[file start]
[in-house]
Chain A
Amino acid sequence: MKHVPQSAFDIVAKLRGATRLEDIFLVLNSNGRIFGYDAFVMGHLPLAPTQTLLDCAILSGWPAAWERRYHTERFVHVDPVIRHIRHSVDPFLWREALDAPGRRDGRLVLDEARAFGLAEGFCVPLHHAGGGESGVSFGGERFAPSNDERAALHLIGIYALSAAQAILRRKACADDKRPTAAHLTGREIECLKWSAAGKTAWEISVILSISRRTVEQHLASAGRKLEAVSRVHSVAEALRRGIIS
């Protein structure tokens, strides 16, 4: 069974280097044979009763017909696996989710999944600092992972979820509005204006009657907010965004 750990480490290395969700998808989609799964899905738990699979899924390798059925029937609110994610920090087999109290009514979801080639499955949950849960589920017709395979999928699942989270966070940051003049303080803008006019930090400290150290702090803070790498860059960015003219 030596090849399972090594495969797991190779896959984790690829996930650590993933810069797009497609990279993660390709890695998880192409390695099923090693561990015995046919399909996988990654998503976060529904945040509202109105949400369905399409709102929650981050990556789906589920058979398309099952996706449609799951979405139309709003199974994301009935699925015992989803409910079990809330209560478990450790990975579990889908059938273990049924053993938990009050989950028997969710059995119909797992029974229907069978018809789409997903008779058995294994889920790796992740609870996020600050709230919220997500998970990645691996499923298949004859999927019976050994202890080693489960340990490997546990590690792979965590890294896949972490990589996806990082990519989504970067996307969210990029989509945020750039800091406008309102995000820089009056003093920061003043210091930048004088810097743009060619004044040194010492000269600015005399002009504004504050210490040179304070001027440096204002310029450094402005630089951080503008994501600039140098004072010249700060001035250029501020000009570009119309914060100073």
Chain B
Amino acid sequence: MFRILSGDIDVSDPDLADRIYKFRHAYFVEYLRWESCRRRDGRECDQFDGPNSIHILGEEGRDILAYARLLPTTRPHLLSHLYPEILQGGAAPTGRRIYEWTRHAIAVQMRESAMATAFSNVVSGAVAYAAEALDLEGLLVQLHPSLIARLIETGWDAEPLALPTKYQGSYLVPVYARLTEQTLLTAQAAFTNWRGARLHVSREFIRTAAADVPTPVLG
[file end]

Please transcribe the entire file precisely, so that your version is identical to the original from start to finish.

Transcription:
[in-house]
Chain A
Amino acid sequence: MKHVPQSAFDIVAKLRGATRLEDIFLVLNSNGRIFGYDAFVMGHLPLAPTQTLLDCAILSGWPAAWERRYHTERFVHVDPVIRHIRHSVDPFLWREALDAPGRRDGRLVLDEARAFGLAEGFCVPLHHAGGGESGVSFGGERFAPSNDERAALHLIGIYALSAAQAILRRKACADDKRPTAAHLTGREIECLKWSAAGKTAWEISVILSISRRTVEQHLASAGRKLEAVSRVHSVAEALRRGIIS
């Protein structure tokens, strides 16, 4: 069974280097044979009763017909696996989710999944600092992972979820509005204006009657907010965004 750990480490290395969700998808989609799964899905738990699979899924390798059925029937609110994610920090087999109290009514979801080639499955949950849960589920017709395979999928699942989270966070940051003049303080803008006019930090400290150290702090803070790498860059960015003219 030596090849399972090594495969797991190779896959984790690829996930650590993933810069797009497609990279993660390709890695998880192409390695099923090693561990015995046919399909996988990654998503976060529904945040509202109105949400369905399409709102929650981050990556789906589920058979398309099952996706449609799951979405139309709003199974994301009935699925015992989803409910079990809330209560478990450790990975579990889908059938273990049924053993938990009050989950028997969710059995119909797992029974229907069978018809789409997903008779058995294994889920790796992740609870996020600050709230919220997500998970990645691996499923298949004859999927019976050994202890080693489960340990490997546990590690792979965590890294896949972490990589996806990082990519989504970067996307969210990029989509945020750039800091406008309102995000820089009056003093920061003043210091930048004088810097743009060619004044040194010492000269600015005399002009504004504050210490040179304070001027440096204002310029450094402005630089951080503008994501600039140098004072010249700060001035250029501020000009570009119309914060100073």
Chain B
Amino acid sequence: MFRILSGDIDVSDPDLADRIYKFRHAYFVEYLRWESCRRRDGRECDQFDGPNSIHILGEEGRDILAYARLLPTTRPHLLSHLYPEILQGGAAPTGRRIYEWTRHAIAVQMRESAMATAFSNVVSGAVAYAAEALDLEGLLVQLHPSLIARLIETGWDAEPLALPTKYQGSYLVPVYARLTEQTLLTAQAAFTNWRGARLHVSREFIRTAAADVPTPVLG